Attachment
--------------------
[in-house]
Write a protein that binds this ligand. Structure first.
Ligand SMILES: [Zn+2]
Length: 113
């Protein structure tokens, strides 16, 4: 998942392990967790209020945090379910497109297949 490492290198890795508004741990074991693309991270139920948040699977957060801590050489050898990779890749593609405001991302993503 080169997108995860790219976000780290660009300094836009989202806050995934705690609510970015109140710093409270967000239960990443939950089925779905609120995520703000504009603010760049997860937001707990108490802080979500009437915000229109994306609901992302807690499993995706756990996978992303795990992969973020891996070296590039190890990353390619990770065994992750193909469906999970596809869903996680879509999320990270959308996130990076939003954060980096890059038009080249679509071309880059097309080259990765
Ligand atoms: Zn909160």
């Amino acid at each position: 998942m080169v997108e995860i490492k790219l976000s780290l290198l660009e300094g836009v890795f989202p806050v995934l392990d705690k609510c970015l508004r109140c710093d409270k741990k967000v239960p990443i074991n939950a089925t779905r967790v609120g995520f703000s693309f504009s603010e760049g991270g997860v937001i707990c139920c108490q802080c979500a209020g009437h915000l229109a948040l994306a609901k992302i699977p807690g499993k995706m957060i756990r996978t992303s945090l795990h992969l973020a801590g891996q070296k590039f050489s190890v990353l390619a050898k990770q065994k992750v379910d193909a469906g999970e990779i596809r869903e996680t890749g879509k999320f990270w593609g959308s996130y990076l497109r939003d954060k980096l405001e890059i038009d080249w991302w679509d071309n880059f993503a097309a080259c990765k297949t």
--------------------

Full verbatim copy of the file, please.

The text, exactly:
[in-house]
Write a protein that binds this ligand. Structure first.
Ligand SMILES: [Zn+2]
Length: 113
């Protein structure tokens, strides 16, 4: 998942392990967790209020945090379910497109297949 490492290198890795508004741990074991693309991270139920948040699977957060801590050489050898990779890749593609405001991302993503 080169997108995860790219976000780290660009300094836009989202806050995934705690609510970015109140710093409270967000239960990443939950089925779905609120995520703000504009603010760049997860937001707990108490802080979500009437915000229109994306609901992302807690499993995706756990996978992303795990992969973020891996070296590039190890990353390619990770065994992750193909469906999970596809869903996680879509999320990270959308996130990076939003954060980096890059038009080249679509071309880059097309080259990765
Ligand atoms: Zn909160």
């Amino acid at each position: 998942m080169v997108e995860i490492k790219l976000s780290l290198l660009e300094g836009v890795f989202p806050v995934l392990d705690k609510c970015l508004r109140c710093d409270k741990k967000v239960p990443i074991n939950a089925t779905r967790v609120g995520f703000s693309f504009s603010e760049g991270g997860v937001i707990c139920c108490q802080c979500a209020g009437h915000l229109a948040l994306a609901k992302i699977p807690g499993k995706m957060i756990r996978t992303s945090l795990h992969l973020a801590g891996q070296k590039f050489s190890v990353l390619a050898k990770q065994k992750v379910d193909a469906g999970e990779i596809r869903e996680t890749g879509k999320f990270w593609g959308s996130y990076l497109r939003d954060k980096l405001e890059i038009d080249w991302w679509d071309n880059f993503a097309a080259c990765k297949t």